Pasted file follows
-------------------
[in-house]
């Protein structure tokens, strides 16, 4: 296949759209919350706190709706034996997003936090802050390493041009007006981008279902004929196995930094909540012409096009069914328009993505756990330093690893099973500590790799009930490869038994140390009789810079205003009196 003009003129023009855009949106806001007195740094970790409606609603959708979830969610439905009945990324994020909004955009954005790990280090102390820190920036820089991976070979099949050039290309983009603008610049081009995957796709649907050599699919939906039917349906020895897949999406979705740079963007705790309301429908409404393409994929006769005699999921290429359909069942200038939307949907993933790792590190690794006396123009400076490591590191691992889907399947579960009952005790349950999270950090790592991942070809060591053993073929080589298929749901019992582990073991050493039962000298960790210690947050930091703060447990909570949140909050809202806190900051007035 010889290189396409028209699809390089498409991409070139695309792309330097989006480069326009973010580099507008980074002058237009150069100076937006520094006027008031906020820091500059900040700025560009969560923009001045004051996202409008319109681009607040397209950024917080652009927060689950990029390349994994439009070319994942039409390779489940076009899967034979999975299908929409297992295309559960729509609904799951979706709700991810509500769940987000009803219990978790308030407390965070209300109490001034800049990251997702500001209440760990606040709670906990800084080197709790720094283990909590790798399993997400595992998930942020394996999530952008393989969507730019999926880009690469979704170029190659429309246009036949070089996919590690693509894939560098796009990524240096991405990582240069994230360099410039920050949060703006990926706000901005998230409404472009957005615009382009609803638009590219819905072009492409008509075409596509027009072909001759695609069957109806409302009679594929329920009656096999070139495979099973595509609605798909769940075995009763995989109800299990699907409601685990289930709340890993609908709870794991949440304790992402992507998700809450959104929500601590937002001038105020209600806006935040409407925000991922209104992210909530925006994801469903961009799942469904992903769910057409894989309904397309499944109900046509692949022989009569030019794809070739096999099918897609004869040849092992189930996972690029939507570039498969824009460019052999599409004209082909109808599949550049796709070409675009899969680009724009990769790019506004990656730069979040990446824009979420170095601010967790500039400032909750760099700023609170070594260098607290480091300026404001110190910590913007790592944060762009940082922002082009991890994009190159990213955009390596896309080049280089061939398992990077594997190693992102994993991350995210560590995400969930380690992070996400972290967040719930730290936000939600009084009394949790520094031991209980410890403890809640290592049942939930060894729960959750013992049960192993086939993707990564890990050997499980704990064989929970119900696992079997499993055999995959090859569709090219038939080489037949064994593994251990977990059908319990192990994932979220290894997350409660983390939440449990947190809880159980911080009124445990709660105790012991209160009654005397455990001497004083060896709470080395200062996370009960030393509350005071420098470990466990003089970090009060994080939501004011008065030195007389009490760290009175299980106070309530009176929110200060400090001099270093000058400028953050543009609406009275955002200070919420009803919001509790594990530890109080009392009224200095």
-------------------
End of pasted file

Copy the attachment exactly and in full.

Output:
[in-house]
């Protein structure tokens, strides 16, 4: 296949759209919350706190709706034996997003936090802050390493041009007006981008279902004929196995930094909540012409096009069914328009993505756990330093690893099973500590790799009930490869038994140390009789810079205003009196 003009003129023009855009949106806001007195740094970790409606609603959708979830969610439905009945990324994020909004955009954005790990280090102390820190920036820089991976070979099949050039290309983009603008610049081009995957796709649907050599699919939906039917349906020895897949999406979705740079963007705790309301429908409404393409994929006769005699999921290429359909069942200038939307949907993933790792590190690794006396123009400076490591590191691992889907399947579960009952005790349950999270950090790592991942070809060591053993073929080589298929749901019992582990073991050493039962000298960790210690947050930091703060447990909570949140909050809202806190900051007035 010889290189396409028209699809390089498409991409070139695309792309330097989006480069326009973010580099507008980074002058237009150069100076937006520094006027008031906020820091500059900040700025560009969560923009001045004051996202409008319109681009607040397209950024917080652009927060689950990029390349994994439009070319994942039409390779489940076009899967034979999975299908929409297992295309559960729509609904799951979706709700991810509500769940987000009803219990978790308030407390965070209300109490001034800049990251997702500001209440760990606040709670906990800084080197709790720094283990909590790798399993997400595992998930942020394996999530952008393989969507730019999926880009690469979704170029190659429309246009036949070089996919590690693509894939560098796009990524240096991405990582240069994230360099410039920050949060703006990926706000901005998230409404472009957005615009382009609803638009590219819905072009492409008509075409596509027009072909001759695609069957109806409302009679594929329920009656096999070139495979099973595509609605798909769940075995009763995989109800299990699907409601685990289930709340890993609908709870794991949440304790992402992507998700809450959104929500601590937002001038105020209600806006935040409407925000991922209104992210909530925006994801469903961009799942469904992903769910057409894989309904397309499944109900046509692949022989009569030019794809070739096999099918897609004869040849092992189930996972690029939507570039498969824009460019052999599409004209082909109808599949550049796709070409675009899969680009724009990769790019506004990656730069979040990446824009979420170095601010967790500039400032909750760099700023609170070594260098607290480091300026404001110190910590913007790592944060762009940082922002082009991890994009190159990213955009390596896309080049280089061939398992990077594997190693992102994993991350995210560590995400969930380690992070996400972290967040719930730290936000939600009084009394949790520094031991209980410890403890809640290592049942939930060894729960959750013992049960192993086939993707990564890990050997499980704990064989929970119900696992079997499993055999995959090859569709090219038939080489037949064994593994251990977990059908319990192990994932979220290894997350409660983390939440449990947190809880159980911080009124445990709660105790012991209160009654005397455990001497004083060896709470080395200062996370009960030393509350005071420098470990466990003089970090009060994080939501004011008065030195007389009490760290009175299980106070309530009176929110200060400090001099270093000058400028953050543009609406009275955002200070919420009803919001509790594990530890109080009392009224200095």